Generative AI is now used for many purposes. Developers, and even some others, use it for coding too. Can we expect it to really change coding, especially when people can just describe their needs in plain English and get code? It’s not really so simple, but it opens many new opportunities to change software development.
Software development is usually a bottleneck to implementing new services, automating work and getting differing existing systems to work together. Many companies feel they have a shortage of developers, although it is mainly about price and exact competence needs. That’s why we also have so many low-code and no-code solutions, but they have their own issues.
Does AI empower anyone to code?
Now people have realized they can ask ChatGPT and other generative AI tools to make software code. You can quite easily get reasonable code to, for example, implement certain algorithms and tasks in different programming languages. Can we then assume anyone can start creating software?
Yes and no. The situation has actually many similar issues that no-code tools have. Problems are linked to input and output data and exceptional situations. Everyone who has done coding knows that an important part of the work is to handle all possible situations, not only a typical path when everything is perfect. With AI, its potential problem is to link different software components to each other until AI can implement a whole system.
GitHub Copilot is a good example of this approach. It is basically an AI-powered code repository, including collaboration. It offers a lot of valuation for software development, but it also has its setbacks. And it is a powerful tool for developers who know what they are doing, but it is not a solution to outsource software development to AI.
It’s not just about coding
Making reliable software and especially larger systems, is not just about coding. There are a lot of other things besides coding. You need to specify how the software should work exactly in different situations, and you must know the input and output data and in which format it can be used. Often software needs to work with other systems. Testing is also a very important part of the software development process.
Anyone who has done software knows it is a small part of the work to write the actual code. It is also often commented that getting someone to write the code is quite easy and inexpensive if you can specify the needs, data requirements and interfaces clearly.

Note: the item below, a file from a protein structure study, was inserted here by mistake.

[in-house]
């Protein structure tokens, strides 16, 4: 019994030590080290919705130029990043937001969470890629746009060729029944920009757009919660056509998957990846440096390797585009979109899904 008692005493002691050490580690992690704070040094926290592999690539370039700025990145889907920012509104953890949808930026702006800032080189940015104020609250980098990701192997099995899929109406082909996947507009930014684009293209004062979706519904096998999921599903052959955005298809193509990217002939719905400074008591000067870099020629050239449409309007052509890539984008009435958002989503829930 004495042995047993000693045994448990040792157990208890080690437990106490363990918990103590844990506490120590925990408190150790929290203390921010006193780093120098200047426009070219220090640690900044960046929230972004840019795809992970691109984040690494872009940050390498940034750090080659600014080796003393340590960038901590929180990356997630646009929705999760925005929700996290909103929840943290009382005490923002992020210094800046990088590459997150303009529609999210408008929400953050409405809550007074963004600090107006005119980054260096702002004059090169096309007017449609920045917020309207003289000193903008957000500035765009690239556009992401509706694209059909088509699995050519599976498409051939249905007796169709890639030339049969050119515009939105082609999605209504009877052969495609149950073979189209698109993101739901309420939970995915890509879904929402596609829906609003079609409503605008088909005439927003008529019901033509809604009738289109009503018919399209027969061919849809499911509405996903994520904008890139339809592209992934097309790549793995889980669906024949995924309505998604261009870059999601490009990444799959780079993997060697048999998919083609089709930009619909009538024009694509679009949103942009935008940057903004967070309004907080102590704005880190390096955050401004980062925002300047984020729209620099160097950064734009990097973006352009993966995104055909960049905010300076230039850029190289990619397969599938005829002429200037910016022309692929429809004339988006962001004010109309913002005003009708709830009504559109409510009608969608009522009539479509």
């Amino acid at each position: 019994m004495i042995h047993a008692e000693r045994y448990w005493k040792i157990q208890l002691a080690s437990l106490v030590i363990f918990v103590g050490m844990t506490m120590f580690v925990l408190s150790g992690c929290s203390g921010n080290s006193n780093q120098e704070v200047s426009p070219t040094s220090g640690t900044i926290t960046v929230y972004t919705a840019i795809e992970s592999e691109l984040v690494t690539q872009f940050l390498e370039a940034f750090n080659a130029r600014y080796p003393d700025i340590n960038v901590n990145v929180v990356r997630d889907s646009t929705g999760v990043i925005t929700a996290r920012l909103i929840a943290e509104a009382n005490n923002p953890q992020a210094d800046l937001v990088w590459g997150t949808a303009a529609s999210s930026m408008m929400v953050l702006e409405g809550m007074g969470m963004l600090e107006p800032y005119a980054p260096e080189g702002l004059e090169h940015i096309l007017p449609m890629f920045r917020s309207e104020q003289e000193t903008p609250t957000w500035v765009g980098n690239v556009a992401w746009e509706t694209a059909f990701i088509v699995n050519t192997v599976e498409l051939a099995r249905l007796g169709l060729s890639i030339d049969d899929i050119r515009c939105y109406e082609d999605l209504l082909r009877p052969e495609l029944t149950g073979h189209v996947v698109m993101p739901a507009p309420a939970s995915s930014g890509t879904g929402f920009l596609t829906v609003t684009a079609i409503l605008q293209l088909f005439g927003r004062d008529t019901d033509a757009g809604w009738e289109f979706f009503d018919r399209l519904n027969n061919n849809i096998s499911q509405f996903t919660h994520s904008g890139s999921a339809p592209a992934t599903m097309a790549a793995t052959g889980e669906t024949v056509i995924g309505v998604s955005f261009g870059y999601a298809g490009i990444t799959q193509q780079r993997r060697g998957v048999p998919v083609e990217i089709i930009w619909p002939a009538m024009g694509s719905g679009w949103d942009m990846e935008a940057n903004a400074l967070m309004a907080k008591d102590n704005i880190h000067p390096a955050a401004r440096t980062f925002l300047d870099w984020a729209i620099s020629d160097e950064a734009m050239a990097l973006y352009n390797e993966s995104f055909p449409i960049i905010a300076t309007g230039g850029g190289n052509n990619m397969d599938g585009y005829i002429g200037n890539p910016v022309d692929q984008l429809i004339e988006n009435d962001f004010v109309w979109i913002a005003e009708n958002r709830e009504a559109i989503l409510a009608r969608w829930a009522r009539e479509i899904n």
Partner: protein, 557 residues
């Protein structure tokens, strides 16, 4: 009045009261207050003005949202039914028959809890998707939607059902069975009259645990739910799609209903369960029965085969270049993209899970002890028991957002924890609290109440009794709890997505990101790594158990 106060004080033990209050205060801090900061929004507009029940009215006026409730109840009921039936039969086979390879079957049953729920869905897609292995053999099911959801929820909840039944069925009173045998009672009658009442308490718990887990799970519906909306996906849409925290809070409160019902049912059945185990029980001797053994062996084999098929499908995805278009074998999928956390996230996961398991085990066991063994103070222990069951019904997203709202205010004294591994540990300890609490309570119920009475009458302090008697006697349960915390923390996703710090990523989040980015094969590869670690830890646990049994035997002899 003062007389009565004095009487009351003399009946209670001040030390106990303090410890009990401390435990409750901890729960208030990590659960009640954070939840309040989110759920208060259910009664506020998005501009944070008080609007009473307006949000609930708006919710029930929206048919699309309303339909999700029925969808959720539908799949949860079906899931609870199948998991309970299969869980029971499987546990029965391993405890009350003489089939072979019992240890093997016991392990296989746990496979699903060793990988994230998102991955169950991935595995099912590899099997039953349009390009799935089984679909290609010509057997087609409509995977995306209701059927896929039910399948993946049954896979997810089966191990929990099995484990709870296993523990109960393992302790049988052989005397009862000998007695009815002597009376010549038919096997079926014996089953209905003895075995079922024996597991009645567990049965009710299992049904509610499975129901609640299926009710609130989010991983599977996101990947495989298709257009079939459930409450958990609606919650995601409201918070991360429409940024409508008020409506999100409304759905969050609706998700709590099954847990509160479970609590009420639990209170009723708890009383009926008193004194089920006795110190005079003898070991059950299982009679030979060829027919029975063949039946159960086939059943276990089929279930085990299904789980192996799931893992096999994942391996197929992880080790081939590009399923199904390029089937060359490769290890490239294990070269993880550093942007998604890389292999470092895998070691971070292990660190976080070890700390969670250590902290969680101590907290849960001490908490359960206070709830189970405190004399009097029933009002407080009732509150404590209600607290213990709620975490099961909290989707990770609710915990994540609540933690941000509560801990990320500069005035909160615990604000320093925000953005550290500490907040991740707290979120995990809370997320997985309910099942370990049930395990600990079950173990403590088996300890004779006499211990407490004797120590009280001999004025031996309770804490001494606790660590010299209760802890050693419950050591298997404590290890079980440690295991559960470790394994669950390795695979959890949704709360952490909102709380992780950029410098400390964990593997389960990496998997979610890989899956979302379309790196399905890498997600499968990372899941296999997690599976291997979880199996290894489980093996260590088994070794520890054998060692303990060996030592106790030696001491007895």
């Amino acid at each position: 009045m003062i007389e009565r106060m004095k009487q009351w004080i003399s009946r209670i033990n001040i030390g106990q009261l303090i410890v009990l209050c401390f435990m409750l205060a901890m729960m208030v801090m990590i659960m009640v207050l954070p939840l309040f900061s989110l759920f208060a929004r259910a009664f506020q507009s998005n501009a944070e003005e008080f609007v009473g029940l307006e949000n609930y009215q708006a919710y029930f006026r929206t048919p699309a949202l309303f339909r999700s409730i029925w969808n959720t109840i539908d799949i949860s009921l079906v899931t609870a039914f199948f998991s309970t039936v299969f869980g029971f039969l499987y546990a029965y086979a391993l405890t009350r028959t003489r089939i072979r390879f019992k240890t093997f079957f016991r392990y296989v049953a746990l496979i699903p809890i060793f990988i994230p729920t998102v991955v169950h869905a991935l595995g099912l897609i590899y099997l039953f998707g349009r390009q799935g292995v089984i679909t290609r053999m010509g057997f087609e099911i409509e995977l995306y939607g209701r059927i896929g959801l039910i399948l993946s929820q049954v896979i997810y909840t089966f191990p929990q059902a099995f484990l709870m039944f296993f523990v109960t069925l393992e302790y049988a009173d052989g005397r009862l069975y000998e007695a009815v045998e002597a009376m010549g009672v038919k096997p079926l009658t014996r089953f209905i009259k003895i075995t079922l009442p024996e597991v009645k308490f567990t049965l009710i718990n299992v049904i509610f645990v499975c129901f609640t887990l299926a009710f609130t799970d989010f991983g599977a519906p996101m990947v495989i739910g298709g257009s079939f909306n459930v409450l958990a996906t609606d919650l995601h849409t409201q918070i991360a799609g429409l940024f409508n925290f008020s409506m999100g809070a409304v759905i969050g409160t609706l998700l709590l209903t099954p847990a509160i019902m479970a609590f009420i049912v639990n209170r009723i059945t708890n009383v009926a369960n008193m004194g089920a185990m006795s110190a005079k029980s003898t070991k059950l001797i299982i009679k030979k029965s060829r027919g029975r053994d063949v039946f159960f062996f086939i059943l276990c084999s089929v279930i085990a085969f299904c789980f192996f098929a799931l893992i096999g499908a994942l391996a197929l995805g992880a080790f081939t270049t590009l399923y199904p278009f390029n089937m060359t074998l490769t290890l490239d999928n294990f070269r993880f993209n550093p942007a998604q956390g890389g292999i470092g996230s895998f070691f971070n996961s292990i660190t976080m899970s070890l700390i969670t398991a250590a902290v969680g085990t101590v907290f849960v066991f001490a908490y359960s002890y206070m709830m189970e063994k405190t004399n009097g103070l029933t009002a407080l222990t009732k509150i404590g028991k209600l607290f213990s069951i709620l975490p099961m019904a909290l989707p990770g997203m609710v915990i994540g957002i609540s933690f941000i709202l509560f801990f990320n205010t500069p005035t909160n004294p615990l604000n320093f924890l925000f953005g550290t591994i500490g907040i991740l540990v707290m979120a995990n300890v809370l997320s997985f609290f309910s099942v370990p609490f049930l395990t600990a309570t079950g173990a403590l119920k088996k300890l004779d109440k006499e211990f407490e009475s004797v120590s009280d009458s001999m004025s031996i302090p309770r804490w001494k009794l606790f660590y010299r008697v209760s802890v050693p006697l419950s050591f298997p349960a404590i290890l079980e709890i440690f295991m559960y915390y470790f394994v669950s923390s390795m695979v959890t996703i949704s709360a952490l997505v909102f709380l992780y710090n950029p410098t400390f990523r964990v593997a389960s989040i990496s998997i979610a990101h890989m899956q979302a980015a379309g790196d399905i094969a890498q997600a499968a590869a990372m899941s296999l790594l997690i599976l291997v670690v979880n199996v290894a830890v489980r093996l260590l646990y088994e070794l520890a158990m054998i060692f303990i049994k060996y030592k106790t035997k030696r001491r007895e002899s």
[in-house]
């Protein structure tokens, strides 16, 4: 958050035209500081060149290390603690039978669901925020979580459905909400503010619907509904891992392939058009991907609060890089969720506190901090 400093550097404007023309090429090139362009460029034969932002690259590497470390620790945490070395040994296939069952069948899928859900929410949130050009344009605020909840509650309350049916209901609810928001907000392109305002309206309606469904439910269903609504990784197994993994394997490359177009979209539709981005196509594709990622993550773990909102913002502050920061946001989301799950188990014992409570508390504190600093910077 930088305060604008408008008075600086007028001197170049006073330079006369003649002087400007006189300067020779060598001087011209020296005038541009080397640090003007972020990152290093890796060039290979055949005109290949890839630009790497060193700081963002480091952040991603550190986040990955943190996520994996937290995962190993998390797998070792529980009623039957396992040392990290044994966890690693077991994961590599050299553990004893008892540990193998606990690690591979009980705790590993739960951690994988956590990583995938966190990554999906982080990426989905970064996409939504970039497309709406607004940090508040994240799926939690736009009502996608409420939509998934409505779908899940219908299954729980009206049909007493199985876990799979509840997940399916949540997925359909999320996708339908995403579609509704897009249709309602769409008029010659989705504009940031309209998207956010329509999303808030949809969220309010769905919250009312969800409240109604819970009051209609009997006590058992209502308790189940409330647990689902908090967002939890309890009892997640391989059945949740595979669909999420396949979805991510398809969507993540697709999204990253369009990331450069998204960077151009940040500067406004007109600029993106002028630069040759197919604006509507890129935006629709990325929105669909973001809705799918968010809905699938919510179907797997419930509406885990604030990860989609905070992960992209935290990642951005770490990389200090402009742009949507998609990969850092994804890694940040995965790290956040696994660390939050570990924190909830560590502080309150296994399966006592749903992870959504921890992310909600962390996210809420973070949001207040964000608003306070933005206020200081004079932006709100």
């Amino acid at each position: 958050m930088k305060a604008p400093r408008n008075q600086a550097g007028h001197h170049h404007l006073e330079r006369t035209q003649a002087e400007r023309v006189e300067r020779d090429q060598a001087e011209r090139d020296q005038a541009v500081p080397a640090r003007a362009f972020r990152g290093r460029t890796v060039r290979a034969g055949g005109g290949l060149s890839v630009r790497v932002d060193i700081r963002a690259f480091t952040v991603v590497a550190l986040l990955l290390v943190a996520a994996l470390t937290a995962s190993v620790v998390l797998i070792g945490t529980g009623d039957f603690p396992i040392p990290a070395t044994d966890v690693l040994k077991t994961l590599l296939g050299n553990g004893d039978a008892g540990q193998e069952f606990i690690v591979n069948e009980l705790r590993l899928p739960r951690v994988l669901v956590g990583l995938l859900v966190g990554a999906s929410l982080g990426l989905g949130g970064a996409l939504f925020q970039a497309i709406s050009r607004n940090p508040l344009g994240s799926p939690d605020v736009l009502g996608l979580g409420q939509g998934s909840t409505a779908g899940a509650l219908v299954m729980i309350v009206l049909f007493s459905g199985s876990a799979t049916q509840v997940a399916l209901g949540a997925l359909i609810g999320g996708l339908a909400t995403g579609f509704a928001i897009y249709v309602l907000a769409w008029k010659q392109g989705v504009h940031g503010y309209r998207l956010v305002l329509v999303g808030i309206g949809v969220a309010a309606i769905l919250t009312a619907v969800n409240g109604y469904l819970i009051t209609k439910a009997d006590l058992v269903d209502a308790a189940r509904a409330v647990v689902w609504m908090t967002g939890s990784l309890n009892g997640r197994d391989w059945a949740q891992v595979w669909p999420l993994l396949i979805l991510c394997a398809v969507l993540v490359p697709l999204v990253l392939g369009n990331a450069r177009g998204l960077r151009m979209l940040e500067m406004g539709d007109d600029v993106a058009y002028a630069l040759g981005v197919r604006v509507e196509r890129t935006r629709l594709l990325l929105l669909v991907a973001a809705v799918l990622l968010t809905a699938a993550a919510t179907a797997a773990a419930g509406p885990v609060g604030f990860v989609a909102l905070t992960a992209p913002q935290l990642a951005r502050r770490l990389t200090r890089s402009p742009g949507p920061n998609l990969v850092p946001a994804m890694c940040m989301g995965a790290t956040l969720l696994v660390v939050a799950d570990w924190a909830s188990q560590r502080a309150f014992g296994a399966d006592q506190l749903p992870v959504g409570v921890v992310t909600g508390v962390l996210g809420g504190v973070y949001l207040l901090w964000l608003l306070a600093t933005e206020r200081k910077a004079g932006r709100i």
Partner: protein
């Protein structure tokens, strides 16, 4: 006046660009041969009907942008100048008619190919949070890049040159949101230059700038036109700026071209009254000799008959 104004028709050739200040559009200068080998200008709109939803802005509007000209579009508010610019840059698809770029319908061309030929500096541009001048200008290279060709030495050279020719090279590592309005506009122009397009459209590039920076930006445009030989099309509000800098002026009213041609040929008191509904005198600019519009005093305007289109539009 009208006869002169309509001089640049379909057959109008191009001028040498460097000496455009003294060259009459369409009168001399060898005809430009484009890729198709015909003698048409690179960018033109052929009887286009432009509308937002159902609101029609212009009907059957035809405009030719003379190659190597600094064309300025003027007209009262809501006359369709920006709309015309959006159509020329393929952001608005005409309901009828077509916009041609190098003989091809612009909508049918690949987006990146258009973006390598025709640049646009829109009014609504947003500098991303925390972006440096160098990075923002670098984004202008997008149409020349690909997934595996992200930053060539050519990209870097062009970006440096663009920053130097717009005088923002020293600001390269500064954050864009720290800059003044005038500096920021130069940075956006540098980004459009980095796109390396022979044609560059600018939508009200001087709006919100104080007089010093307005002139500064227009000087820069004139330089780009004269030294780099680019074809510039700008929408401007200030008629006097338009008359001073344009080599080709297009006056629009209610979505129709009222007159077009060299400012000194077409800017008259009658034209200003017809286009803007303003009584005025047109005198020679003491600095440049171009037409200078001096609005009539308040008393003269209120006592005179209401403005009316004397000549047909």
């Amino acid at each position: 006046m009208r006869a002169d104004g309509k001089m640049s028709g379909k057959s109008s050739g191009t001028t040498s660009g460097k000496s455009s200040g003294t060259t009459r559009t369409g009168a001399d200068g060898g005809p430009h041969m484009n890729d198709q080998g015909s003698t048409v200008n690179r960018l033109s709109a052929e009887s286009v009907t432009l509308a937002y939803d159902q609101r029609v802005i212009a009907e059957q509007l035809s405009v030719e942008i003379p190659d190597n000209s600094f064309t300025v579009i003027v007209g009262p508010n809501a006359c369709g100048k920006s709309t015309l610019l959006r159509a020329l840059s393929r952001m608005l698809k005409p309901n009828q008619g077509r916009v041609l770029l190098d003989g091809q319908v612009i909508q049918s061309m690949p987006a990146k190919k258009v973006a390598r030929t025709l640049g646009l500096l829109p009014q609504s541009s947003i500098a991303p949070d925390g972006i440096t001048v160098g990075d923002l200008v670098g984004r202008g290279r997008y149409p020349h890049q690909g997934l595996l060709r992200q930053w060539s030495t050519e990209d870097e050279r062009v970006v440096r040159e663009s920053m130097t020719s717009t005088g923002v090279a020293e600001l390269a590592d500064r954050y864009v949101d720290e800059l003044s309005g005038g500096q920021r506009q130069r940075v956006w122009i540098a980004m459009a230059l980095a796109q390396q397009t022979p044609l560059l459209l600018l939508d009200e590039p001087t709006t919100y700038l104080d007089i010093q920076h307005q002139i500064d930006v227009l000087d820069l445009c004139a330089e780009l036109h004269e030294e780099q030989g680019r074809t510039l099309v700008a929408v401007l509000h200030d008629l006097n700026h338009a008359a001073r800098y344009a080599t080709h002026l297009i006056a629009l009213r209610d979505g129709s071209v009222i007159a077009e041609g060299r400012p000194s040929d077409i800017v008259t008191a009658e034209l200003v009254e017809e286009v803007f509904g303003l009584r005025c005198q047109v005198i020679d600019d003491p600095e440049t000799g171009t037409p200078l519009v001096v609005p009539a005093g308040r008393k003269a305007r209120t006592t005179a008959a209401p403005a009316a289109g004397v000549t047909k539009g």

How does this change software development?
So, does generative AI change software development? Once again, yes and no. It starts to offer tools that accelerate software development, and it can remove some details and routines from the development work when AI can generate details of the code. Gen AI can also help some people who are able to specify software to do the implementation. It is a great help for people who know what they want to get and know how to get the software to work.
But it doesn’t mean anyone is able to implement reliable software that makes what is needed. In principle, anyone can get some code implemented with AI. However, even those small pieces can be hard to utilize in practice, especially when you need to set up all the environments to run the software, get data and send results. Even though it is possible for many white-collar workers, most of them don’t do it.
The situation is quite similar to with no-code tools, even some details are different. For example, some no-code tools have better solutions to get data in predefined formats, databases, and systems supported by the tools. But in both cases, it is complex if the data needs pre-processing and cleaning.
Could we then actually see that the real solution for ‘citizen developers’ combines Generative AI, no-code tools and well-specified API systems? This is something that can actually enable non-developers to get systems to work. APIs enable getting data in a specified format, writing it in a certain format, or starting some actions in external systems. No-code can help make the framework for a solution, and Generative AI helps to code specific algorithms with needed details that are hard to make with no-code tools.
Framework, Gen AI and APIs
One example of this is RAN systems in telco networks. They are well-specified systems, and their data is often in standard formats. For example, RAIN is working with these kinds of tools that enable it to optimize the use of different power supplies (e.g. peak hour versus off-peak electricity and local batteries) and minimize electricity bills.
The data is in well-defined formats, no-code tools have components to build system components (e.g. input sources, output APIs), and AI enables optimization algorithms for different needs. These types of frameworks enable directly implementing use cases in the 5G environment without using a lot of time for details and peculiarities of this environment.
There seem to be some claims that Gen AI could replace no-code. Yet, in reality, Gen AI may be more powerful in supporting the development of no-code or low-code tools. It can offer the needed components to adjust parts of the implementation and algorithms. But it also requires the user to know what they are doing with the generated code.
Generative AI can be a great asset for software development, but it is useful only for very specific needs. It is not ready to replace all software development and needs other tools and environments to support its real use. And it is not for all kinds of needs. Data, its formats and interfaces to other systems are often the most complex bottleneck, and if they are not solved, it is hard to use any citizen developer tools.